A sociable dog that likes human company, the Pachón Navarro can be a quick learner. Their natural intelligence and eagerness to please makes them ideal candidates for reward-based training methods. This doesn’t mean an owner should accept anything less than exemplary behaviour though.

As a pack dog, the Pachón Navarro can be inclined to do their own thing rather than listen to their handler. This trait needs correction by getting the dog’s attention focused on their owner. Clear rules and consistency are key to good behaviour in this breed.


Rescued from the brink of extinction, modern day Pachón Navarros are off-spring of a narrow gene pool. Sadly, this can mean they are at greater risk of certain inheritable diseases than other breeds. These include:

Cleft Palate

That distinctive double nose is a hereditary trait. However, the gene coding for a fissure in the dog’s nose are closely related to those for a cleft palate. Puppies born with a cleft palate have difficulty nursing. Milk can pass from their mouth up into the nose and down into their lungs. These poor pups are likely to develop aspiration pneumonia, which is usually life-threating at such a young age.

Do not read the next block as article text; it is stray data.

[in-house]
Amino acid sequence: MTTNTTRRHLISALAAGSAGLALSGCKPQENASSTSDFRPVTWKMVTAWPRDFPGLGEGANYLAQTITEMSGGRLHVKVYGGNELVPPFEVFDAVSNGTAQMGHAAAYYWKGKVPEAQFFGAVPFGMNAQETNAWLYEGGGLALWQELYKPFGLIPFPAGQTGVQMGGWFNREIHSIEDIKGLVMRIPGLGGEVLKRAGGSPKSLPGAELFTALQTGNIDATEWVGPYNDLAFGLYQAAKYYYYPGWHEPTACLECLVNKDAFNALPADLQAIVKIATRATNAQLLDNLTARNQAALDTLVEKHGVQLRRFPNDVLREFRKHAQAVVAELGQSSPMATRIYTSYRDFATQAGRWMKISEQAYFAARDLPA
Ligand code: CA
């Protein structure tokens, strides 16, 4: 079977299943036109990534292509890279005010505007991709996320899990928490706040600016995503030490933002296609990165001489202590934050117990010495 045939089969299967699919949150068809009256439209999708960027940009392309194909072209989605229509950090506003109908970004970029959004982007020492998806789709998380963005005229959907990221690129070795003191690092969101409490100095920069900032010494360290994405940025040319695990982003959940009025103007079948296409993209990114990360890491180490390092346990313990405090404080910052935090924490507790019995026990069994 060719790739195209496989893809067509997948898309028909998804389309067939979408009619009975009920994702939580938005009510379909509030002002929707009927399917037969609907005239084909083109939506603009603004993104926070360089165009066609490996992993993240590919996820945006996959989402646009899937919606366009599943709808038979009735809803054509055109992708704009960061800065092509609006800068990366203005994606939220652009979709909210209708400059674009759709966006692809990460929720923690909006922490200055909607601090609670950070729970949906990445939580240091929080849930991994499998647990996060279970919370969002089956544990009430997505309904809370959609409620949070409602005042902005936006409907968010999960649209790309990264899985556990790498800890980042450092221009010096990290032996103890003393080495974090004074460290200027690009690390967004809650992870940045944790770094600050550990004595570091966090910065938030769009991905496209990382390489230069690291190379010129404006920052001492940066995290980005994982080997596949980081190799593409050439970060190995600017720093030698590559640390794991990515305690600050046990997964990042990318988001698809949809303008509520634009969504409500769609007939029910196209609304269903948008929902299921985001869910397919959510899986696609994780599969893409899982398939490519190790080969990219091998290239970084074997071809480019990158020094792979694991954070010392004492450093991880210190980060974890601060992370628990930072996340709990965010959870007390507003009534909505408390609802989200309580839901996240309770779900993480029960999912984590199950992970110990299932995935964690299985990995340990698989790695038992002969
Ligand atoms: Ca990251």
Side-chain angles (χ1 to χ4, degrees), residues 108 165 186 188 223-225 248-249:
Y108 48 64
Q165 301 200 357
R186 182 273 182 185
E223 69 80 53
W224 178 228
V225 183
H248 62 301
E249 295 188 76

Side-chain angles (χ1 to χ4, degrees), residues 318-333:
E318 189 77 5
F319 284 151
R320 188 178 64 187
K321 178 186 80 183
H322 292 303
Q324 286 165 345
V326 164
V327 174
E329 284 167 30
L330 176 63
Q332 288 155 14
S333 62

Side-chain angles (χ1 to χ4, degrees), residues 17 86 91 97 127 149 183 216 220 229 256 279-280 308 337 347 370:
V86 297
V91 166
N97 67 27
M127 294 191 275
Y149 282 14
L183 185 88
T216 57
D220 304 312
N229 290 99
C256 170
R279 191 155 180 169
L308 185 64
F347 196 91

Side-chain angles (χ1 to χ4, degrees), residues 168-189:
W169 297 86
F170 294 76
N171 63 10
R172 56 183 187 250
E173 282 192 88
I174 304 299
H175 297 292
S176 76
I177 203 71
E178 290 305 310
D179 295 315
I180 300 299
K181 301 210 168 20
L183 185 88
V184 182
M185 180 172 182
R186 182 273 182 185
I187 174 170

Surgical correction of a cleft palate is technically possible, but anaesthesia in very young pups carries a high risk. Once successfully correct, that individual should not be used for breeding as their offspring are at high risk of having the same problem.